Essex Police has, and continues to review the measures it takes around Essex to protect the safety of the public and officers, a process that has been ongoing since the change to the UK threat level and heightened concern about the risks facing police officers.
We remain alert to and in contact with our communities across Essex, particularly with our Jewish and Muslim communities, and where we do have concerns, we will make these known to those involved.
Security advice for places of worship can be found here.
There is no stereotype for people who hold extremist views. Vulnerability, isolation and personal grievances added to strong political, religious or social views, can result in a person searching for a cause.
PREVENT is part of Essex Police's counter-terrorist strategy and aims to stop people becoming terrorists or supporting terrorism by working with individuals and communities to address issues before they become a criminal matter and to stop people moving from extremism into terrorist-related activity.
The Prevent strategy
- Responds to the ideological challenge we face from terrorism and aspects of extremism, and the threat we face from those who promote these views
- Provides practical help to prevent people from being drawn into terrorism and ensure they are given appropriate advice and support
- Works with a wide range of sectors (including education, criminal justice, faith, charities, online and health) where there are risks of radicalisation that we need to deal with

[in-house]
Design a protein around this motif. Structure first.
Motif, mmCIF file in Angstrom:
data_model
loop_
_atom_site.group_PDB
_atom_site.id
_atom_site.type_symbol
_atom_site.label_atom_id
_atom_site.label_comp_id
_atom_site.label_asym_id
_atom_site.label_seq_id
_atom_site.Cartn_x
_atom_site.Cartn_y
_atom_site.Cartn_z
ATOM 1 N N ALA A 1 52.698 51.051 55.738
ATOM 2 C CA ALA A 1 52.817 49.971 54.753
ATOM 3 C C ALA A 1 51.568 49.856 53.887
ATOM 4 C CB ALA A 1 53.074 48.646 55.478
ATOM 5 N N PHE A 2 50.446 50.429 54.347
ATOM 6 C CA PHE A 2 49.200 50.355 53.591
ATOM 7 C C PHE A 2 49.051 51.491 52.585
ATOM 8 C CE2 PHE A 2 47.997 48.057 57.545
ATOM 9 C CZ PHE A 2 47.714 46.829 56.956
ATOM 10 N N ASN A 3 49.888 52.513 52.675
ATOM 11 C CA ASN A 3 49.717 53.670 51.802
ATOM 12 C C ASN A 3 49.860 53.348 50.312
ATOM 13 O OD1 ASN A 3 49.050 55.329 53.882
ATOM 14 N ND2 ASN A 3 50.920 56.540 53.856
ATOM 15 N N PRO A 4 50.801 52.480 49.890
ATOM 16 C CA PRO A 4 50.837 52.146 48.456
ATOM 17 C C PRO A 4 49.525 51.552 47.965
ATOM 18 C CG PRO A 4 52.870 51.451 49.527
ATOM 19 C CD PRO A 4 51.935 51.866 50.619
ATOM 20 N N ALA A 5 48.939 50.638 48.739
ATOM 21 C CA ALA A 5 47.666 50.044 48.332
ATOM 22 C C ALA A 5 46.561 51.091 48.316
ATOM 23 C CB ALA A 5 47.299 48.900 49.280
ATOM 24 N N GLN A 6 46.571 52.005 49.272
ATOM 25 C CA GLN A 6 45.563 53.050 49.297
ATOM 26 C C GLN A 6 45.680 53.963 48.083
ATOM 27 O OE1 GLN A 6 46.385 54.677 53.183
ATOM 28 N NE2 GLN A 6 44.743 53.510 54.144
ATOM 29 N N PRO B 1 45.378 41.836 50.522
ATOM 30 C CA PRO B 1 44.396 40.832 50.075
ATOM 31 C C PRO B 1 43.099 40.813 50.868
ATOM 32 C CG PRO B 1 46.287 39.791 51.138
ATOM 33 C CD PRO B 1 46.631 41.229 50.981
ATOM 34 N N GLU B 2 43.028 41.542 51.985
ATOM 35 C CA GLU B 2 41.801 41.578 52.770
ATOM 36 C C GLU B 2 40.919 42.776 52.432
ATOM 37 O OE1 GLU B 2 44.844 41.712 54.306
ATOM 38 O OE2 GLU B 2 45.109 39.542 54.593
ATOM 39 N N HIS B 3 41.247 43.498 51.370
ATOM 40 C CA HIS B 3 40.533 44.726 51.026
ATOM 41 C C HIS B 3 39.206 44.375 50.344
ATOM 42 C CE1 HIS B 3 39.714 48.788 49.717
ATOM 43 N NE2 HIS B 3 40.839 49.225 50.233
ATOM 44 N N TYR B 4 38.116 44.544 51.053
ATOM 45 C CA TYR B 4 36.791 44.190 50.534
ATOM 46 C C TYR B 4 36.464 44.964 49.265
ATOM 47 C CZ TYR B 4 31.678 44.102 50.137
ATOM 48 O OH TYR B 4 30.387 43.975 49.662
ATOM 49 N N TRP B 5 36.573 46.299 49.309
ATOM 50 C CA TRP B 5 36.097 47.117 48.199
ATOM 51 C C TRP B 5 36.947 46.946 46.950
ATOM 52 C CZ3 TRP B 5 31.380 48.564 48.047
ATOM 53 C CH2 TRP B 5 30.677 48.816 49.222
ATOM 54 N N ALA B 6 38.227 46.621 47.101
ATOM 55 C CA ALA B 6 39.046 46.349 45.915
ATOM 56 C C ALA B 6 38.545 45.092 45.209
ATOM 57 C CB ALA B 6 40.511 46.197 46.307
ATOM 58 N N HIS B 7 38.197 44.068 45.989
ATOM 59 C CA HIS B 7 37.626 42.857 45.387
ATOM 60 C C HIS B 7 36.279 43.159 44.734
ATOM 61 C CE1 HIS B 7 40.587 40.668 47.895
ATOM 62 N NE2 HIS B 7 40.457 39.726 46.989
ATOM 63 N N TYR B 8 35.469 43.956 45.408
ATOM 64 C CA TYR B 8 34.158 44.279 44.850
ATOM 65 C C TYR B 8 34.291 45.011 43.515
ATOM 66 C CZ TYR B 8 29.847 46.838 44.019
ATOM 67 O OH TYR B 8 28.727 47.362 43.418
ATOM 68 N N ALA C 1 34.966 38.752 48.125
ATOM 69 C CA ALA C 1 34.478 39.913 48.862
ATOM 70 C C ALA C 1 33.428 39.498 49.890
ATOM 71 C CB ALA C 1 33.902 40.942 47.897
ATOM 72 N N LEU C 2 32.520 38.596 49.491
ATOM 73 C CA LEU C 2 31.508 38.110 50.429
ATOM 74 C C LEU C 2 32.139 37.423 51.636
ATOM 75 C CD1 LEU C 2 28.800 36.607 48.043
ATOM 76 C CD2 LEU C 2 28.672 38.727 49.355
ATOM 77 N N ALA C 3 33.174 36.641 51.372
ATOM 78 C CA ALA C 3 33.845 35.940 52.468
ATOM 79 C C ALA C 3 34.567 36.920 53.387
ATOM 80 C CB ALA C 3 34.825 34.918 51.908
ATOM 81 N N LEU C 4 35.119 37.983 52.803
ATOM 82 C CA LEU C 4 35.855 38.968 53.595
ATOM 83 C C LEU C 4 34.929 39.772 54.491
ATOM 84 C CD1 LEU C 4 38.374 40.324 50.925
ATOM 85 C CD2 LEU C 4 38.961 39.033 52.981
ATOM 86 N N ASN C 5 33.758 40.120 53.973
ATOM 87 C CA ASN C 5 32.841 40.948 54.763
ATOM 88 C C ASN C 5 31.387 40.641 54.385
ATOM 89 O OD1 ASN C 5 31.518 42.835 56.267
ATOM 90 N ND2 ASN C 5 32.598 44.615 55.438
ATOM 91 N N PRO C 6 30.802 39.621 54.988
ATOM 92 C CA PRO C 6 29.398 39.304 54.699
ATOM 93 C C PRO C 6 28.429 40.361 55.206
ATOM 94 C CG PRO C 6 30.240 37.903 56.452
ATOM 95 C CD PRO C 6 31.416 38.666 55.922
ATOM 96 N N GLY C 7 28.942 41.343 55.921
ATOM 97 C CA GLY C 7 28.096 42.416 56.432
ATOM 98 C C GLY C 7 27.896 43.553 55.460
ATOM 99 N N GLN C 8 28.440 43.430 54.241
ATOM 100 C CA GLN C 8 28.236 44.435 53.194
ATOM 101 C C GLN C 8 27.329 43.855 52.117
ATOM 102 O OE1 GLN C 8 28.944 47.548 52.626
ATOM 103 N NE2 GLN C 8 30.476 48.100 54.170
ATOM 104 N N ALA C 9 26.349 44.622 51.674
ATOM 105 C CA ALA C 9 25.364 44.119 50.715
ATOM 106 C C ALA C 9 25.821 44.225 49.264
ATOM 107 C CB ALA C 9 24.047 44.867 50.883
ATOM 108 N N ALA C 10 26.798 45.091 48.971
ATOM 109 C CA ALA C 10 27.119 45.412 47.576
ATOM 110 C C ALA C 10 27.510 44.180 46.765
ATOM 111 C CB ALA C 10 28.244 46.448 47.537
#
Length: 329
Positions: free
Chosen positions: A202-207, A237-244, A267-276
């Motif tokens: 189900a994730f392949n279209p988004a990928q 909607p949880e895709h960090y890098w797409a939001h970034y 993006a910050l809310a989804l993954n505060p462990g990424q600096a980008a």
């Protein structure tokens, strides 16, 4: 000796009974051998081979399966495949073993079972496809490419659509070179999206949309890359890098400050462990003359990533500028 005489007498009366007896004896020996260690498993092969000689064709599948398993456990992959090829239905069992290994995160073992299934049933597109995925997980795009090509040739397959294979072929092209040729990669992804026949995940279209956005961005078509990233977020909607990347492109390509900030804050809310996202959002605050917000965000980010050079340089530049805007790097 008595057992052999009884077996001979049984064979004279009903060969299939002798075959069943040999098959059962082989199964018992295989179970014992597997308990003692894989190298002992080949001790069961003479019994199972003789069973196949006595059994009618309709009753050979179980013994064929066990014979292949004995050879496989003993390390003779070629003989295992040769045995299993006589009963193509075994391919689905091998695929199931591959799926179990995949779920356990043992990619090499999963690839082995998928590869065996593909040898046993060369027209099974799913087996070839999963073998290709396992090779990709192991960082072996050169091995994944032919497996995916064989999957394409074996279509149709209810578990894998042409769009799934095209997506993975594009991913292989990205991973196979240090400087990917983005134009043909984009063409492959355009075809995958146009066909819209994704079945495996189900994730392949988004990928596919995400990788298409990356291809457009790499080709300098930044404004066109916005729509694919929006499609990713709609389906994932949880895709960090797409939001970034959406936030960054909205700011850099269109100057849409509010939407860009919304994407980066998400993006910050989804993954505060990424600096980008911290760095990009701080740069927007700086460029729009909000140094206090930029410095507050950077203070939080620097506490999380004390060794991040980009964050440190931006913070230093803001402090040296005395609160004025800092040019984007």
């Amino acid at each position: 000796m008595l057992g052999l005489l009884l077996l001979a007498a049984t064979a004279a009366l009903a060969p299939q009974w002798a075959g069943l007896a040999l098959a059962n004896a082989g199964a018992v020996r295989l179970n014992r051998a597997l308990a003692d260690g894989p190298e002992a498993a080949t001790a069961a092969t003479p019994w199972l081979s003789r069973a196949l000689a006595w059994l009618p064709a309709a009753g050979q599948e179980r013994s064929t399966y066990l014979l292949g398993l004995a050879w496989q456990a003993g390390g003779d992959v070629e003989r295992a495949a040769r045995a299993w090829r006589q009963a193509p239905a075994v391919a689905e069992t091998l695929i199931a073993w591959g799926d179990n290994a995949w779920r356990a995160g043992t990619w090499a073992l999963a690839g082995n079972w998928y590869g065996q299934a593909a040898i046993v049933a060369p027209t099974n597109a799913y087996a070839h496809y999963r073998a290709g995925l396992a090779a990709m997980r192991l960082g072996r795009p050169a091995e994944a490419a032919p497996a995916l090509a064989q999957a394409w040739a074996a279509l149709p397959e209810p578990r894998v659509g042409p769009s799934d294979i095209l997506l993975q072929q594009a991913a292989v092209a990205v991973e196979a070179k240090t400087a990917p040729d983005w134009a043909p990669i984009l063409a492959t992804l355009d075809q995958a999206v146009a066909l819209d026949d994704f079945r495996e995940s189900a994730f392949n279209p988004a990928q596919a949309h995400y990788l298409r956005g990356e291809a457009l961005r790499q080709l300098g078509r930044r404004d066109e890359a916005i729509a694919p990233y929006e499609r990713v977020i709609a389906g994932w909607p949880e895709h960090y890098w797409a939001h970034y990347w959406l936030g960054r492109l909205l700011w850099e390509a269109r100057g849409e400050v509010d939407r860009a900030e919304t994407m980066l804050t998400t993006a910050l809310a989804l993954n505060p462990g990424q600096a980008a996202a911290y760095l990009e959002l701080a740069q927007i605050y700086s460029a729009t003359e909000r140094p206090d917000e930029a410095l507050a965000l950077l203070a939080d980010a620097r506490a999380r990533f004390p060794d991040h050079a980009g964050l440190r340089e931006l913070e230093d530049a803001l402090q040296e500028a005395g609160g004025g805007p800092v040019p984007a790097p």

The strategy covers all forms of terrorism, including far right extremism and some aspects of non-violent extremism. However, we prioritise our work according to the risks we face.
Terrorist or Extremist groups
The Joint Terrorism Analysis Centre has raised the UK National threat level to SEVERE; an attack is highly likely. The threat to the UK from international terrorism has increased, and has been driven by developments in Syria and Iraq. The situation there is providing an environment for terrorist groups, including the Islamic State of Iraq and the Levant (ISIL) and Al Quaida (AQ) – linked groups, to plan attacks against the West. The availability of a large pool of individuals that have travelled from the UK and Europe to Syria heightens this threat.
As these individuals return to the UK, there is a risk that a terrorist group will have tasked them to conduct attacks or they will seek to conduct attacks on their own initiative.
Safeguard from what? Radicalisation. People can become vulnerable for many reasons including:
- Low self-esteem
- Family breakdown
- Lack of purpose
- Peer pressure
We are by no means suggesting that one or all of these characteristics or circumstances will drive someone to terrorism.
But they often lead to a sense of injustice – be that on a personal or more far reaching scale. Their vulnerabilities or susceptibilities are then exploited towards crime or terrorism by people who have their own agenda.
There is no typical gender, age, religion or background that extremists will target but they use a sense of “Duty” (belonging to a specific group) “Status” (need for reputation) and “Spiritual rewards” (test of faith) as a way of drawing them in.
What will those signs of radicalisation look like? They will look a lot like other troubling behaviour.
- Emotional – angry, mood swings, new found arrogance
- Verbal – expressing opinions that are at odds with generally shared values
- Physical – appearance (tattoos), changes in routine
Are you safe online, Extremists prey on vulnerable people in the online space, social media and even computer games - Do you know who you’re talking to?
Do you believe everything you read? Do you look for an alternative opinion?
Individuals get drawn in by natural social processes, befriending by charismatic people and extremist speakers.
A number of illegal activities can occur before an attack including Grooming, Fundraising, Attack planning. If you notice ANYTHING that raises a concern share by calling 101.